When pulse 46 is generated, switch 17 turns “on” but switch 16 stays in default position. As such, the then contents of buffer 19 are passed to audio output 22. Because buffer 19 lags buffer 18 by N/2 samples, it essentially replays the immediate preceding N/2 samples of the output of buffer 18. Thus, as shown at 92 in FIG. 3, the next N/2 samples after portion 90 will be a repeat of the previous N/2 samples (see reference numeral 92). This essentially covers up or replaces approximately one-half of what otherwise would a data burst 64 in signal 52.
As can be seen in FIG. 3, latch 26 output (signal 62), is N/2 samples in length and is time-shifted by M samples so that it essentially lines up with the last one-half of data burst 64 of signal 52. This is accomplished by beginning pulse 48 at the midpoint of pulse 44 and then delaying it the same M samples (see reference numeral 49) as pulse 44 was delayed.
Pulse 49 controls the state of switch 16 by changing it from its default position (where it is driven by buffer 19) to an “on” position, where it passes original signal 50. Because pulse 49 is in the second half of data burst 64 of signal 52, the essentially N/2. samples of audio immediately succeeding data burst 64 in signal 50 are passed to audio output 22 (see reference numeral 94 in FIG. 3), and what otherwise would be a disruptive second half of data burst 64 in N/2 time delayed signal 52, is now completely replaced with audio (See parts 90, 92, 94, 96 of signal 66).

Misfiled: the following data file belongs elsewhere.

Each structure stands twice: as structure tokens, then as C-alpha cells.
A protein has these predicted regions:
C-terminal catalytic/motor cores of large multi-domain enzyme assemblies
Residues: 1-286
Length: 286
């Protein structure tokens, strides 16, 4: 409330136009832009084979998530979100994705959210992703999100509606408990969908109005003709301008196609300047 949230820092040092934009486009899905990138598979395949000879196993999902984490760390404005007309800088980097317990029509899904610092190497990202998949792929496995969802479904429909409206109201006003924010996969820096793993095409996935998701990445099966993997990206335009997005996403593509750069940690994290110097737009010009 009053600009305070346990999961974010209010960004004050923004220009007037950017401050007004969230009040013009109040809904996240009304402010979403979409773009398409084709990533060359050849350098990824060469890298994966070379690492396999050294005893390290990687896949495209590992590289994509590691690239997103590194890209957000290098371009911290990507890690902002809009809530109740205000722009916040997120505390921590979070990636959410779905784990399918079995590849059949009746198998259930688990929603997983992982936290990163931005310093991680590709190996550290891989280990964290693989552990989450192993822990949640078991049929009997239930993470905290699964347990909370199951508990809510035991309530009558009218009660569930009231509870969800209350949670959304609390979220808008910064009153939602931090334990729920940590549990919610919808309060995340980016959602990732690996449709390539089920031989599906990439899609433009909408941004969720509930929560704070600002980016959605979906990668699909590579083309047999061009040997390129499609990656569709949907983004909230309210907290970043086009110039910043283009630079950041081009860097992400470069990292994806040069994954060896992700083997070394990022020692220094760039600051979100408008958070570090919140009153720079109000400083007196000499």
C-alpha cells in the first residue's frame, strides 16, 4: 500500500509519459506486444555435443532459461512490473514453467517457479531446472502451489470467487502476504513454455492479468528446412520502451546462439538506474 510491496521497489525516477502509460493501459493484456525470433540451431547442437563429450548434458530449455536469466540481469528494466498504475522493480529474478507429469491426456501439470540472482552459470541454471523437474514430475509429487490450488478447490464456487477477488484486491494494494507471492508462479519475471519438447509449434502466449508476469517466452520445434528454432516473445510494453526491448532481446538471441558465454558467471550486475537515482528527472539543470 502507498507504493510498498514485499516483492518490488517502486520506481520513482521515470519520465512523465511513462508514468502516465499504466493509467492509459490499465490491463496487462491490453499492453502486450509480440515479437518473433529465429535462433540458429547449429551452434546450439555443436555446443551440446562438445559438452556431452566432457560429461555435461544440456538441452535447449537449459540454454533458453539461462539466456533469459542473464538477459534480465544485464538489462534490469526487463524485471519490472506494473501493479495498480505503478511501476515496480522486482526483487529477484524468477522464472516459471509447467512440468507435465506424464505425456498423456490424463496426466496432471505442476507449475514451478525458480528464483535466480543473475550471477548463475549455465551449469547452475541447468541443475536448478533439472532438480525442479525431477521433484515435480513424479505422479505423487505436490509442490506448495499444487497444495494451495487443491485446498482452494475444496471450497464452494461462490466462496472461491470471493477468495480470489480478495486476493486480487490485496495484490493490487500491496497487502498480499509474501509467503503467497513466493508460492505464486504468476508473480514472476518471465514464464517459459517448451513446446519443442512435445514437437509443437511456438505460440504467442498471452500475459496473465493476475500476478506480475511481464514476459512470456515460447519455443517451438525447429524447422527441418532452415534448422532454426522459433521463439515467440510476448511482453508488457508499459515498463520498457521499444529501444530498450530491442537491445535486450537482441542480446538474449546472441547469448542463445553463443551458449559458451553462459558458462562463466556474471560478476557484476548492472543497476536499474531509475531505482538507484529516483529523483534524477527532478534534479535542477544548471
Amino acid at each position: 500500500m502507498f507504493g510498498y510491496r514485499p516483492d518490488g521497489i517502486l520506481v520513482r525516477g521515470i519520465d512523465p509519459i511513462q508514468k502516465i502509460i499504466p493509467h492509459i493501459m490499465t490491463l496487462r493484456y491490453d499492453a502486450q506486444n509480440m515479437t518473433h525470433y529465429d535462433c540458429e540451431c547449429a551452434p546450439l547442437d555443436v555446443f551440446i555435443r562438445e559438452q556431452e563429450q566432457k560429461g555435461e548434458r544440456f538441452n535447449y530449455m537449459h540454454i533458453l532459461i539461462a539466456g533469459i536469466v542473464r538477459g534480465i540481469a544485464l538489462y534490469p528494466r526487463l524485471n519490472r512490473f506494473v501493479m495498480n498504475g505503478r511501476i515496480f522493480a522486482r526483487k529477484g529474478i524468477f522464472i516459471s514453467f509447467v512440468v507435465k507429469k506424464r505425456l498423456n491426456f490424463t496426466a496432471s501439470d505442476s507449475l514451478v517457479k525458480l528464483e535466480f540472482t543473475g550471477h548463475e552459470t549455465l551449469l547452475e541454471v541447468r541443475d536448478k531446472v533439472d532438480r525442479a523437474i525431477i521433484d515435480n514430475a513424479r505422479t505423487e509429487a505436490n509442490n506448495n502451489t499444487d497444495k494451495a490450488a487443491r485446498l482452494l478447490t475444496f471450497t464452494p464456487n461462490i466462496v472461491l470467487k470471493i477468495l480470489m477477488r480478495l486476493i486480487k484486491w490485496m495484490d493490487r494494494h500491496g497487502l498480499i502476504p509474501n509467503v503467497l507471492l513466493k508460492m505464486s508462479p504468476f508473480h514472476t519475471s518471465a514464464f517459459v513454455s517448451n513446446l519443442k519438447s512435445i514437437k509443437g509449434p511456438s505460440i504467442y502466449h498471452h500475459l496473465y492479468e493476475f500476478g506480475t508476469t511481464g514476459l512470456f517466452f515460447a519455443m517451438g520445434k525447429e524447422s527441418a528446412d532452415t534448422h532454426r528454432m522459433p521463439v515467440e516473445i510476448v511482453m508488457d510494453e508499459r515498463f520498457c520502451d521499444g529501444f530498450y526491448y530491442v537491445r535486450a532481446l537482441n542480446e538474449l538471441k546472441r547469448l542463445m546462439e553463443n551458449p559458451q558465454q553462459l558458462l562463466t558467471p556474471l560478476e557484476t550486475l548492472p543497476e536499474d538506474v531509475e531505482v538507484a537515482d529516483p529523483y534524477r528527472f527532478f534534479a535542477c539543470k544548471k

After pulse 49, switches 16 and 17 revert to default positions, and the signal to audio output 22 is again N/2 time delayed signal 52 (see reference numeral 96 in FIG. 3). Note that during data burst 64 of signal 52, switch 17 is “on” the full time and switch 16 is on the last half of that time, and audio comes first from N time delayed signal 53 (for the first half pulse 46), and then from undelayed signal 50 (for the last one half of pulse 46 as well as the whole duration of pulse 49). Therefore, what otherwise would have been data burst 64 of signal 52 is replaced by a replay of the immediate past audio of signal 52 (cut and pasted from signal 53) and by a premature play of the immediate succeeding audio of signal 52 (cut and pasted from signal 50). The audio at other times comes from signal 52 of FIG. 3. The resultant audio output on output 22 of switch 17 is shown by signal 66 in FIG. 3. Discontinuities 65, 67 and 69 near the transitions of the replayed portions 92 and 94 of audio output 66 can be smoothed with an optional low-pass filter (not shown). Lengthening of the window defined by pulses 46 and 49 of the delayed output devices 26 and 27 can be performed, as discussed earlier, so that there is some tolerable error in the location of data burst 64 relative to delayed latch output pulses 46 and 49.